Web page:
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The Hundredth Queen by Emily R. King

The Hundredth Queen by Emily R. King
Book Name: The Hundredth Queen
Author: Emily R. King
Publisher(s): Skyscape
Formatt: Paperback / Audiobook / Ebook
Genre(s): YA Fantasy
Release Date: June 1, 2017

Emily R. King’s debut novel, The Hundredth Queen, had been gathering digital dust in my Kindle library for months, when something inspired me to finally check it out. That something being $1.99 Audible narration. And an empty audiobook queue.

Despite the miserly roots of my inspiration, this epic story was well worth it. Set in a second world version of India/the Middle East, it follows Kalinda, a sickly orphan raised in a temple, who is chosen by an obsessive rajah as his hundredth queen.

Though the first part of the story felt predictable with several common tropes, it kept me engaged through the creative worldbuilding and Kalinda’s compelling narrative voice. Then, about halfway through came the first brilliant twist; and toward the end, the second, even more mind-blowing surprise. As someone who can usually sniff these things out (I guessed the twist of every M. Night Shyamalan’s movie, or at least, the good ones), I could only marvel at King’s storytelling ability. Both twists had been hinted at from the start, so that when they were revealed, I could only slap my forehead for missing them. On a scale of, “‘I am your Father’ COOL” to “‘L+R=J’ MIND BLOWN,” I would rate it “‘The forgetful wizard is really a god’ WOW.”

If my fanboy excitement is not enough to make you want to drop $4.99 for an ebook, and $1.99 for Audible narration, then let’s get back to the worldbuilding. The Tarachand Empire feels like a fusion of ancient India and Arabia, and the culture is highly influenced by the semi-fictional Parijana faith.

Within this mythology, four gods hold sway over four elements. The Sky Father; his consort, the Land Goddess; their children, the Fire God and the Water Goddess. Though we don’t learn that magic even exists in this world until about a fifth of the way in, the gods have imbued some humans, known as Bhutas, with power over the elements. They reminded me of Benders in the Avatar series: Galers are like Airbenders, Tremblers like Earthbenders, and Aquafiers and Burners should be self-explanatory. In the Tarachand Empire, they are pariahs: hunted down and executed with extreme prejudice.

Growing up in a Land Goddess-ordained temple for female orphans, Kalinda is just a lanky young woman suffering from daily fevers, which are suppressed by an herbal tonic. Because of this infirmity, she lags behind her temple sisters in martial training.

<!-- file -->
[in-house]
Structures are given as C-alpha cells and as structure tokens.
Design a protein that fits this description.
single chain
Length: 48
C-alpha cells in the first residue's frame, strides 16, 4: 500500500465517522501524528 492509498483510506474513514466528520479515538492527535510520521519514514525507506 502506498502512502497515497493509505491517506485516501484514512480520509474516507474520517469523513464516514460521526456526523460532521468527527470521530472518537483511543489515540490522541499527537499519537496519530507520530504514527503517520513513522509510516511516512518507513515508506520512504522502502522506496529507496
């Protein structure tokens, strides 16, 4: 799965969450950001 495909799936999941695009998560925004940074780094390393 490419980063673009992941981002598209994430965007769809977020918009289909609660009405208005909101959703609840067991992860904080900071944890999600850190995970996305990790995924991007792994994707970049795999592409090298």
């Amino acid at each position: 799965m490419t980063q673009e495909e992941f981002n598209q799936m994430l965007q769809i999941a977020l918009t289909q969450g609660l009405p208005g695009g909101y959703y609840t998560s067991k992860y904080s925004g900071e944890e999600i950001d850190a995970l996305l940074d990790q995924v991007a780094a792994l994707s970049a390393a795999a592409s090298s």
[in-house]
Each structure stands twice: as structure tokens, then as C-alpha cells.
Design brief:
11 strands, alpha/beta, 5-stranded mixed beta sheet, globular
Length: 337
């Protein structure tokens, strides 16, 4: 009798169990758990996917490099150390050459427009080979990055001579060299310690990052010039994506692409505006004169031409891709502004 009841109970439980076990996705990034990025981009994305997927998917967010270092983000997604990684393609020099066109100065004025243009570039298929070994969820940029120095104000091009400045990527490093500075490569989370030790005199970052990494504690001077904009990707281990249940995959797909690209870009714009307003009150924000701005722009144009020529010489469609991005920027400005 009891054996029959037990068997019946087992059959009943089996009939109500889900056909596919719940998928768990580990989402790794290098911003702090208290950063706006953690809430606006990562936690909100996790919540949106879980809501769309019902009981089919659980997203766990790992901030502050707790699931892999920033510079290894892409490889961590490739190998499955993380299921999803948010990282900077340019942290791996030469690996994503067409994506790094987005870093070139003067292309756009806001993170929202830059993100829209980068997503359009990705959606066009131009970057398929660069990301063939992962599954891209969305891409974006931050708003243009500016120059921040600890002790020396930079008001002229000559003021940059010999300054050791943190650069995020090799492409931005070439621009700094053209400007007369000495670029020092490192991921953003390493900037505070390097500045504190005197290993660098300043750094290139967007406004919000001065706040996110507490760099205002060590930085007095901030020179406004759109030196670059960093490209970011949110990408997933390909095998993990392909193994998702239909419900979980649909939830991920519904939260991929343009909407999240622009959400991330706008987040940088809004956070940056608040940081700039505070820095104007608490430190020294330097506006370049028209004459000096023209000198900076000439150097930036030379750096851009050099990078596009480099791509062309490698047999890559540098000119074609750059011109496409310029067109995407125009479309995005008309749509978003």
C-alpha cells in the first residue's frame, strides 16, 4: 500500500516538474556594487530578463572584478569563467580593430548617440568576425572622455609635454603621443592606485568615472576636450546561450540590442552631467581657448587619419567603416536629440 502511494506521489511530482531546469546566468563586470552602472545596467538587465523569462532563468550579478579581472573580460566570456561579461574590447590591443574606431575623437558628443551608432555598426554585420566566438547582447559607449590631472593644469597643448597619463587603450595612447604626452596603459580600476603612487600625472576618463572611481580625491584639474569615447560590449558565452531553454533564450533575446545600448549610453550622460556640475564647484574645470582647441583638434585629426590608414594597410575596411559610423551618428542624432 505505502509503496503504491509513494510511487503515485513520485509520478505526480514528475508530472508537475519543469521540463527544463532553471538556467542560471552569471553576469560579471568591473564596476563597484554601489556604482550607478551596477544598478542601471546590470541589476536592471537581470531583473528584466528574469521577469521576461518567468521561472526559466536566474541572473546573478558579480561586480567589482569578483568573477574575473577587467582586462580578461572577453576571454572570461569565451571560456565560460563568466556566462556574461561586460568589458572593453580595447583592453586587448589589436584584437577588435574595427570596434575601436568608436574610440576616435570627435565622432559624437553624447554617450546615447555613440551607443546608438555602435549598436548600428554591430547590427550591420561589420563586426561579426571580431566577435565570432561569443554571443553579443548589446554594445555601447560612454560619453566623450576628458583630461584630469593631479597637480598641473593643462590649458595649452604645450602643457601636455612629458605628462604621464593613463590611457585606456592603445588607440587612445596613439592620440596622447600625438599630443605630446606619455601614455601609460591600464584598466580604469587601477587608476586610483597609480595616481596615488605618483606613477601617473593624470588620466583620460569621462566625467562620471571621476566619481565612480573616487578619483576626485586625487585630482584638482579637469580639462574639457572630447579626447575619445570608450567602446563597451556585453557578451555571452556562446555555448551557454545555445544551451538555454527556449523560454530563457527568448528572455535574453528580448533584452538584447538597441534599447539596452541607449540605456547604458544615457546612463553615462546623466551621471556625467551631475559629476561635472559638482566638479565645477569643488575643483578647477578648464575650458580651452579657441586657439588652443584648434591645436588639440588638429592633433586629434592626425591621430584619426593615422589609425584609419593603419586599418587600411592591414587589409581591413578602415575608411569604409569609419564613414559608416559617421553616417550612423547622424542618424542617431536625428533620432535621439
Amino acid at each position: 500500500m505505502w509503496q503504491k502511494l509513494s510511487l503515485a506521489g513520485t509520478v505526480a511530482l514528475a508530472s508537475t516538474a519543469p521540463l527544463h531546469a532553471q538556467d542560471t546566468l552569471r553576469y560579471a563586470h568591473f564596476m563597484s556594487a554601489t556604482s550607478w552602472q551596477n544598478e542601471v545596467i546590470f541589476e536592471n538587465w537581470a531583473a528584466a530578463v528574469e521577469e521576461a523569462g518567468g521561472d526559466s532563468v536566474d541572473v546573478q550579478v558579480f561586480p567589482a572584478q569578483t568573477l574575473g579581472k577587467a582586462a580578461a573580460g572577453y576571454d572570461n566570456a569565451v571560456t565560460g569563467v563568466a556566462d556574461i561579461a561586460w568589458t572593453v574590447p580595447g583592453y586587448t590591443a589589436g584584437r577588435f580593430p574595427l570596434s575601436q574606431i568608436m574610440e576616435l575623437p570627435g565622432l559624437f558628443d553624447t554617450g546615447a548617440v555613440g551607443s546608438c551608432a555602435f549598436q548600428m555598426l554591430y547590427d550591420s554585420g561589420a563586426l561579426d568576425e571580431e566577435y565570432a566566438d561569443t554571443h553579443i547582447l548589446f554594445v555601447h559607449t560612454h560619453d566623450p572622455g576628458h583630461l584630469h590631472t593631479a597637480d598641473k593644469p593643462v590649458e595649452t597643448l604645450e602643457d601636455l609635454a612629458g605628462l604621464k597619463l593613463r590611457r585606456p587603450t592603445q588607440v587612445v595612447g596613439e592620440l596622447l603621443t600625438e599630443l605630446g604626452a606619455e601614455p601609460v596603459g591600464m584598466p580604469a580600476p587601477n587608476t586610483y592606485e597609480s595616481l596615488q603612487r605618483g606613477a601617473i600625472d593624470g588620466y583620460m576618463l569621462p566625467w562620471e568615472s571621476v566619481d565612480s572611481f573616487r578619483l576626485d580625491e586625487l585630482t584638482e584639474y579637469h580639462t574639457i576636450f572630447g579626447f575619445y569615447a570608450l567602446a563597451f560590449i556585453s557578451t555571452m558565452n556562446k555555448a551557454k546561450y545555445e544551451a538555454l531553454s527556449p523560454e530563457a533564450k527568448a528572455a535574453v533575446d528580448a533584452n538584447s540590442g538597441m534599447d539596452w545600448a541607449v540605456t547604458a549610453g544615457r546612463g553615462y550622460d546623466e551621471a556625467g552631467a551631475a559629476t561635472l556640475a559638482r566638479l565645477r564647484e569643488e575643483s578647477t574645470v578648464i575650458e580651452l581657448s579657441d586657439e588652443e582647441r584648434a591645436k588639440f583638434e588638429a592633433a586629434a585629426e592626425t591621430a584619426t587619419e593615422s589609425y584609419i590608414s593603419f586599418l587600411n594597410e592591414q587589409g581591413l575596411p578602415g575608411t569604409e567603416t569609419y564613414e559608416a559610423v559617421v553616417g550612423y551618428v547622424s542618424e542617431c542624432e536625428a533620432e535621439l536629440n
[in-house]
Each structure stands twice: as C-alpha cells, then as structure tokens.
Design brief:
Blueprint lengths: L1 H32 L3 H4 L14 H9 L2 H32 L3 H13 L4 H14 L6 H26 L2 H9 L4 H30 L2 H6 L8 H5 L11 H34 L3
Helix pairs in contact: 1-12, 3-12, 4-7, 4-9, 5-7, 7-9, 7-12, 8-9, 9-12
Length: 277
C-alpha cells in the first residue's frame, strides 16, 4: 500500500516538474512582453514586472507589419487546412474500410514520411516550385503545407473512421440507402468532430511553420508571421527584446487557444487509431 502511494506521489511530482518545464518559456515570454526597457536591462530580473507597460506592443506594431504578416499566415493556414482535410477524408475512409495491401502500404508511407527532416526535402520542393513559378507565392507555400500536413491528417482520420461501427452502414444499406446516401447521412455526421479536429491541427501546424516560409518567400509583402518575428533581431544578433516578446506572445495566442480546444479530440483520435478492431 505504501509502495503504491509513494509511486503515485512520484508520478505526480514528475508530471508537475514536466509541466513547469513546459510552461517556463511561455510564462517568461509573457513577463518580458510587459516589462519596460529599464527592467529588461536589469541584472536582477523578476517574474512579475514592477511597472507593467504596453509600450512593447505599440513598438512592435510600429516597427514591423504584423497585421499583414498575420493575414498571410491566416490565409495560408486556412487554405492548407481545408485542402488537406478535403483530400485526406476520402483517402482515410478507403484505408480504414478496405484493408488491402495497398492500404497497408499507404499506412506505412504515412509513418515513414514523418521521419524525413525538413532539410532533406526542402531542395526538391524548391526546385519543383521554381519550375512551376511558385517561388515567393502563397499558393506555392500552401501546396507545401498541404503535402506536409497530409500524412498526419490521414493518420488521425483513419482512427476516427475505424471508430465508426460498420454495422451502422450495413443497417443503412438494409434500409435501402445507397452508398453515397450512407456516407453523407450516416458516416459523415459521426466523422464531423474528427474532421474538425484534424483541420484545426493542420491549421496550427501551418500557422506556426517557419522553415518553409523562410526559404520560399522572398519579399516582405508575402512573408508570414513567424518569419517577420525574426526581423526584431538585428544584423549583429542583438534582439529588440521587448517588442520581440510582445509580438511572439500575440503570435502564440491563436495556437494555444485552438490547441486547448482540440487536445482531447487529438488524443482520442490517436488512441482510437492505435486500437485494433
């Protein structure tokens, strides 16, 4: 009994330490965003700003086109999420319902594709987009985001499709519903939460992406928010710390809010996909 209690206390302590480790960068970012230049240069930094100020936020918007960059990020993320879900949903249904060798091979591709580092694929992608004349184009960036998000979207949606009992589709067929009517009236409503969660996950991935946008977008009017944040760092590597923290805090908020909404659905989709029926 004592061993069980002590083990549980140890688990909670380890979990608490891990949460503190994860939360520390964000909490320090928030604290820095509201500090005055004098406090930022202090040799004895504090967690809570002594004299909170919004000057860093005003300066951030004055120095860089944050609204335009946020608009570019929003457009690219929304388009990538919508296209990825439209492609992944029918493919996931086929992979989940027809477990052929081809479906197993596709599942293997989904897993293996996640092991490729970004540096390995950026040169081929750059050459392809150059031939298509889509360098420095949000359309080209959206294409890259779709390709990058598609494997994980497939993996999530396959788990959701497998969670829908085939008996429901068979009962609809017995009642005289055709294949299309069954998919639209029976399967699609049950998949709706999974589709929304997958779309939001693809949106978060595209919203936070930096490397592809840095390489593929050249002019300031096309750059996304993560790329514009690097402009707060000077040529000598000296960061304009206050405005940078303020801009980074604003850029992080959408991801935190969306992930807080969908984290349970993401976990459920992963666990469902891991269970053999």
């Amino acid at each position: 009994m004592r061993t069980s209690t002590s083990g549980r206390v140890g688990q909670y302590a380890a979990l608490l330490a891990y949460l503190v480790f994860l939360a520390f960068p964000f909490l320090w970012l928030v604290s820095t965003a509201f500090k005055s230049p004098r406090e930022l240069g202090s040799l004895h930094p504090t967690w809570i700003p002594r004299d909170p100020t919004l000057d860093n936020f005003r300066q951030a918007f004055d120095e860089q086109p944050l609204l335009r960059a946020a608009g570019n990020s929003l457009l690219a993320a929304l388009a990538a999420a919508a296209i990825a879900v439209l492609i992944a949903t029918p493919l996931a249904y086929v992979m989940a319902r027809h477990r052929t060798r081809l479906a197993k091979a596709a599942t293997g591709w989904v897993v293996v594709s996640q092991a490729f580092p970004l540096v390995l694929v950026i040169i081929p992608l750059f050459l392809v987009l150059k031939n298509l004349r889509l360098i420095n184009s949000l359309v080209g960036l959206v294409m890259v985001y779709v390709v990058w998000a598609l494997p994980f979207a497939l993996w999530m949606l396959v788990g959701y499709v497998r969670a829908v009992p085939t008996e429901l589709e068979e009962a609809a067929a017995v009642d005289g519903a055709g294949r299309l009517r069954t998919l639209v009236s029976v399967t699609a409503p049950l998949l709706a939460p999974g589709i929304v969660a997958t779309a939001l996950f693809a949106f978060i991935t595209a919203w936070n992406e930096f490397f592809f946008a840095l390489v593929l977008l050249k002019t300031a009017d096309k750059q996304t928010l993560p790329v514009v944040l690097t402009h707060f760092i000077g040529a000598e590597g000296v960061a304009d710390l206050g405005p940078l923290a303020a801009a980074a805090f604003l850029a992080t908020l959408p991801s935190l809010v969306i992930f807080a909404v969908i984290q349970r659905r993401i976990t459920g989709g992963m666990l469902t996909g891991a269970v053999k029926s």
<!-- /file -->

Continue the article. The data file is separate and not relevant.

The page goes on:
You read that right, martial training. In our own world, the difference between martial arts and marital arts is more complex than where you put the “I”. However, in the Tarachand Empire’s court, they might as well be synonyms.

As one of the benefactors of the temples, the empire’s ruler, Rajah Tarek, can claim any temple ward as a wife, courtesan, or servant. Because of a legend about gods’ squabbles over nuptials, he is only allowed a hundred wives, and he’s already on number 99. At the start of the story, he’s scouring the temples for his Hundredth Queen. Imagine a modern day creepy stalker, projecting his twisted concept of an ideal woman on the object of his desire. Give him wealth and a crown, and you have Rajah Tarek. He picks Kalinda as his last wife, and her rival Natesa as one of his unlimited number of courtesans, setting in motion a skillfully layered plot.

Kalindah’s position is not secure: upon return to the capital, she must participate in a rank tournament, and face challengers from the courtesans who wish to improve their station. Catty does not begin to describe Tarachand’s harem culture, unless the cats wielded daggers and swords, or stuffed the occasional scorpion or snake in a rival’s bedroll. Unprepared, Kalinda brings a slingshot to this veritable Hunger Games: Bollywood Edition, with Rajah Tarek enjoying each second as he counts down to his own end game. All the while, the element-wielding Bhutas aren’t particularly happy about their persecution, and plan to hit back with an unholy text that could cast the world into darkness.

The story shines through Kalinda’s first person, present tense narrative. What she lacks in martial prowess and magic, she makes up for in strength of spirit and principle. Like a certain character from the Hunger Games, whose name also starts with Ka-, Kalinda is driven by devotion to protect someone. And unlike Katniss’ monotone, pessimistic voice, Kalinda’s pops off the page with its hope (and, in the audiobook, Lauren Izzo mesmerizes with her narration). She drives the story, and I could not help but to empathize and root for her.

At first glance, secondary characters fill common roles: Jaya is Kalinda’s best friend, playing the role of Primm to Katniss; soldier Deven is the on-again, off-again love interest, exchanging mixed signals like Katniss and Peeta (only he can’t bake bread). Kindred Lakia, the rajah’s first queen replaces Natesa as main rival among many, many rivals. All stand out through their characterizations.

If I were rating The Hundredth Queen only by the compelling main character, intricate worldbuilding, and incredible plot twists, it would be a slam dunk 10 stars; however, the late introduction to magic and relatively slow start warrant a mild deduction. On my unquestionably objective scale, I give The Hundred Queen a 9.626 (rounded to the last four digits of my social security number), ranking it as Second Wife.


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